“I remember him as being an incredible singer with incredible pitch, especially looking back from today’s vantage point where all the albums have pitch correction,” said Lamm. “In those days there was none of that and in some of his recordings his pitch was incredible. He was naturally musical without ever being conscious of it.”
“Today we record everything separately, one track at a time,” explained Green. “He once told me, ‘Yossi, you guys, you can just do things over but we did everything in one take: the entire band and choir and soloist. You had one track, one take and there was a whole chochma of how to position everyone relative to the mike.’”
Werdyger was a legend in his own time for singer and entertainer Yaakov Shwekey, both for his musical abilities as well as who he was as a person.
“I read his book as a teenager and it was probably the most I ever cried as a teenager,” recalled Shwekey. “I remember crying real tears because it made such a deep impression. With everything that he went through you understood that he really felt what he was singing. He was one of those people who fought so hard to survive as a yid. When you meet someone like him, you realize that we take everything for granted and we don’t realize what it is to be a Jew. People like Dovid Werdyger sacrificed every step of the way and then to hear him sing a Jewish song… you hear it in his song, you hear it in his voice. For someone who saw people die every day during the war, to be able to live past that, to have hope, to build a new family and to live a long fruitful life is unreal. I have no doubt in my mind that he singing now at the kisei hakavod and will continue singing in the true world forever.”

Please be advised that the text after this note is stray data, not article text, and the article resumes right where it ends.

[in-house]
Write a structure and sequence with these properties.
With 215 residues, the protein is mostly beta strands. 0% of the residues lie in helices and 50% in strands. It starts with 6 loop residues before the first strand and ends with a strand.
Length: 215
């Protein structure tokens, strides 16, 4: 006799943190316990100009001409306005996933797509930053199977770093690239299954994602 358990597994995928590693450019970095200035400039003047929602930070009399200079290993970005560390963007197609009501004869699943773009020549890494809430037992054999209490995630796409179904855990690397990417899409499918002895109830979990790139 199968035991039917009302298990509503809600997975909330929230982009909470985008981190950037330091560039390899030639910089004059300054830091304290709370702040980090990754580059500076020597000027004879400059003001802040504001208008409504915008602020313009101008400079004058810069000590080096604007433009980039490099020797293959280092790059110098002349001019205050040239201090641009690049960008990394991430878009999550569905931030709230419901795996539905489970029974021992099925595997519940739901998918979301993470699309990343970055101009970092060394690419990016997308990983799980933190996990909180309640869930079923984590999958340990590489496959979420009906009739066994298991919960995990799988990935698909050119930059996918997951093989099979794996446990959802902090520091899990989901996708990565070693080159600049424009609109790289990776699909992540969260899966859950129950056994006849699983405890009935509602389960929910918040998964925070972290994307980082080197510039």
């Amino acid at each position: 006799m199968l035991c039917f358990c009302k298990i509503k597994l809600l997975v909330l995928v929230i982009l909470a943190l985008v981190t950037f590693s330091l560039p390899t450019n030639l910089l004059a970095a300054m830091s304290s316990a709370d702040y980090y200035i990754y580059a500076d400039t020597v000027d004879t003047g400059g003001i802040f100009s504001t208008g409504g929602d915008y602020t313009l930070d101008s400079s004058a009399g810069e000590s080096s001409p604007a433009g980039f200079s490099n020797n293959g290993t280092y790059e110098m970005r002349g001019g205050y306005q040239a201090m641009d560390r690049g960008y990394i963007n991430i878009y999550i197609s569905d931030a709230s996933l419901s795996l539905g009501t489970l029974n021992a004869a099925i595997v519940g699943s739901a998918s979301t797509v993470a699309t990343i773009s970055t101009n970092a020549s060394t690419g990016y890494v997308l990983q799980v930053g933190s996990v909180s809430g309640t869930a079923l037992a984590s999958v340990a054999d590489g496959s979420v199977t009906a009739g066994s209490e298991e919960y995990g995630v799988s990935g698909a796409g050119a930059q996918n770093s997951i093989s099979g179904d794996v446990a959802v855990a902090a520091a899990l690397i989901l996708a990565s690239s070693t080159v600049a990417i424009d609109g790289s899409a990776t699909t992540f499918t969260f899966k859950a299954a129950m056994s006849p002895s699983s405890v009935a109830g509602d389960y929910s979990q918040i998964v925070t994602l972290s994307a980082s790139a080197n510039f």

In his memoirs, Werdyger describes one of the high points of his life as delivering the Kel Malei Rachamim at the Siyum Hashas at Madison Square Garden, noting the stark contrast between this joyous moment and singing the very same words at the Plaszow death camp.
“Hashem performed countless miracle to bring me from the valley of death in Plaszow to the summit of fulfillment at the Siyum Hashas,” wrote Werdyger. “A never-ending stream of chasdei Hashem has accompanied me every step of the way.”
Werdyger chose to live his life with a mantra of “Ivdu es Hashem b’simcha,” finding happiness in all aspects of life.
“His simcha shone through his singing and his daily life as well,” said grandson Sruly Werdyger, who along with his cousin Yeedle Werdyger, has followed in their grandfather’s footsteps, recording albums of their own. “He always had something nice to say to each and every person, be it a joke or a clever, witty comment.”
David Werdyger was interviewed by Hankus Netsky in Brooklyn, New York on July 3, 2012 for the Wexler Oral History Project.